This week's roundup of data issues includes: People's personal information could be stolen through internet-connected devices; Three experience data breach; ICO issues one of its largest fines for nuisance calls and more...

United Kingdom

People's personal information could be stolen through internet-connected devices

A joint report from the National Cyber Security Centre and the National Crime Agency entitled "The Cyber Threat to UK Business" has warned that smart phones, watches, televisions and fitness trackers could be used to hold people to ransom over their personal data.

The report states that internet-connected devices are giving cyber criminals more opportunities to use "aggressive" and "confrontational" tactics. Devices holding data such as photos, personal messages and fitness information (biometric data) are likely to be targeted. The study forecasts that “ransomware”, which makes devices unusable until their owners pay to unlock them, will increase over the next year. The report confirms that cyber threat to businesses is “significant and growing” and that procedures need to be put in place to prevent hackers obtaining personal data. Another growth area in terms of a threat are botnets. Botnets, also called 'zombie armies', are a system of interconnected computers, often taken over by hackers using malware, which cause the computers to be easily controlled. The report highlights the vulnerabilities that lie in internet-connected devices. These devices, when not secure or protected can be easily taken over by a botnet and used for whatever purpose the hacker controlling it determines. The report also flags the rise in mobile malware such as fake apps and SMS phishing schemes.

There is a timeline of data breaches and attacks that have occurred during 2016 from page 12 onwards of the report.

Facebook announces initiative to deal with third party surveillance concerns

Facebook has confirmed in a blog post that it is updating its data protection policy to bar developers from using data from the social media website for surveillance. Rob Steadman, Facebook's Deputy Chief Privacy Officer, said that the initiative will also extend to Instagram, its online photo sharing platform. He further stated that Facebook's aim is to make its policy clear and that they have already taken action against developers who have created marketed tools for the purpose of surveillance.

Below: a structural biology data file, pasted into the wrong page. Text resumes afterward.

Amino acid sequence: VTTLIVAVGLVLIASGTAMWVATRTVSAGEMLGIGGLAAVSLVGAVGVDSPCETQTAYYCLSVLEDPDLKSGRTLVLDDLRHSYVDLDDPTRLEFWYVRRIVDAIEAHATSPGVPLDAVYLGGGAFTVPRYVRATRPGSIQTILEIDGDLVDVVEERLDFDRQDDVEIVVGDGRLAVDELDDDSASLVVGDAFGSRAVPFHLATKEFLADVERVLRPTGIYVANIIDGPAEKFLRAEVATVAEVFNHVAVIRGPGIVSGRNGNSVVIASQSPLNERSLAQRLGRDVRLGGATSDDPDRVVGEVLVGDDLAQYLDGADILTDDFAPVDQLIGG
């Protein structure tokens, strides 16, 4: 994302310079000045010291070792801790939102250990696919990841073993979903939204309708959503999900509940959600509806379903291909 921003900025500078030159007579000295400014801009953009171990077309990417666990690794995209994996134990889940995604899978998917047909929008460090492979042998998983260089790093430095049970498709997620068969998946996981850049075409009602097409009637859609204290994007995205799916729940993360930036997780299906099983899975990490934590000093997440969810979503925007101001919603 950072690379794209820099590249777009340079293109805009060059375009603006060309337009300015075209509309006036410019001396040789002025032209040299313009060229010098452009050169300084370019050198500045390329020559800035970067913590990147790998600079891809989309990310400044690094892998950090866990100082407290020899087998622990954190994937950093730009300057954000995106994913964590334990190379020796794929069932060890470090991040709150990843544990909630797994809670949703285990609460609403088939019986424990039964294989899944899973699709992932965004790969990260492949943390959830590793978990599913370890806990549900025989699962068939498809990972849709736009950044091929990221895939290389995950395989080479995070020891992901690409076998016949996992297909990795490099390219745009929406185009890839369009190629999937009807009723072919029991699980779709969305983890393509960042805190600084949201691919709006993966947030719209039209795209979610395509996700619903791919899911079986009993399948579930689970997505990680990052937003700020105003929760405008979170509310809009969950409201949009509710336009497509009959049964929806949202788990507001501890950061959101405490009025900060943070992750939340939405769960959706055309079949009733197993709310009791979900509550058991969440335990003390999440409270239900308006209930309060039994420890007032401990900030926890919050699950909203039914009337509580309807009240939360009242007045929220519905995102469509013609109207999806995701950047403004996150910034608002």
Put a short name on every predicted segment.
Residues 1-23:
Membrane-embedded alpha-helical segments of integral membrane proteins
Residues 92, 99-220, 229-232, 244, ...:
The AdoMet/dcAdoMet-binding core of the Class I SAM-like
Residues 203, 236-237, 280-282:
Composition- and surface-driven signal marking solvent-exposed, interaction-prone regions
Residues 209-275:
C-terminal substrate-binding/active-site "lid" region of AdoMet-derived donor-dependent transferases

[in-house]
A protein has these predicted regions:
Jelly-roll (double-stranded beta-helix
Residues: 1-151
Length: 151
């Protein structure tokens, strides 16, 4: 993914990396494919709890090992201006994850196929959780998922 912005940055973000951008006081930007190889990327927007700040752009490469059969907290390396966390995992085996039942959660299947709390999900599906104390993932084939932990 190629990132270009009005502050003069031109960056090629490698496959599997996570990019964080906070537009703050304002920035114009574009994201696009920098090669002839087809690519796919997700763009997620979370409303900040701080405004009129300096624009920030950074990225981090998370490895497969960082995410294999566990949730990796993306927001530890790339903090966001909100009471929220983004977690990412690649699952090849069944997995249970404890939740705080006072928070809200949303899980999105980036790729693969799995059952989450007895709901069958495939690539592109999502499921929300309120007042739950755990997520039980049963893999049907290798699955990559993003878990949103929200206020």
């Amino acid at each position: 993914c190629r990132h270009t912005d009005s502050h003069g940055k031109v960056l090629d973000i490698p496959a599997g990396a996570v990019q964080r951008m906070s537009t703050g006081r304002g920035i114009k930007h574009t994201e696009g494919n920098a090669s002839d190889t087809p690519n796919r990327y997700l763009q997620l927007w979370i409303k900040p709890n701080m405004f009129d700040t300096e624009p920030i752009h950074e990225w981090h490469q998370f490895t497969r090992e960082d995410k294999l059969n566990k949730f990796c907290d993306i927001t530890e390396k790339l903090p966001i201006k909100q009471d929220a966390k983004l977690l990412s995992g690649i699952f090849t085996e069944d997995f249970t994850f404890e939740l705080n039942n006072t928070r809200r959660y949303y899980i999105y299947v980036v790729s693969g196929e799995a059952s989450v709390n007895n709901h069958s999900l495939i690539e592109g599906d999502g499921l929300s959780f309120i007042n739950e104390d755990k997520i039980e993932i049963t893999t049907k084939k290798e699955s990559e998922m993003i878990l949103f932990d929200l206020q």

This decision comes a few months after the American Civil Liberties Union of California (ACLU) disclosed in a report that Geofeedia, a social media monitoring software developer, had taken data from Facebook, Instagram and Twitter to assist with US police monitor protests. Geofeedia managed to gain special access to user data which could be searched by over 500 law enforcement and public safety clients of the company.

ACLU stated that it is “concerned about a lack of robust or properly enforced anti-surveillance policies” and is asking for social networks to consider no data access for developers of surveillance tools; clear, public and transparent policies; and oversight of developers. It will be interesting to see how social media websites tackle surveillance issues to ensure user data is adequately protected.

Three experience data breach

Three, the mobile phone company, has experienced a new data breach after some customers logging into their accounts were presented with other customers' details such as names, addresses, phone numbers, data usage and call histories. Fortunately, bank details were not accessible. The incident emerged as customers complained to Three on social media sites such as Facebook. A spokesperson for the firm said it was investigating a technical issue with its systems and advised those affected to get in touch with its customer service department.

This is not the first time Three has experienced a data breach, the last being in 2016 where 6 million customers were affected.

The ICO has confirmed it will be "looking into this potential incident".

EU

Should businesses be required to delete old emails to comply with GDPR?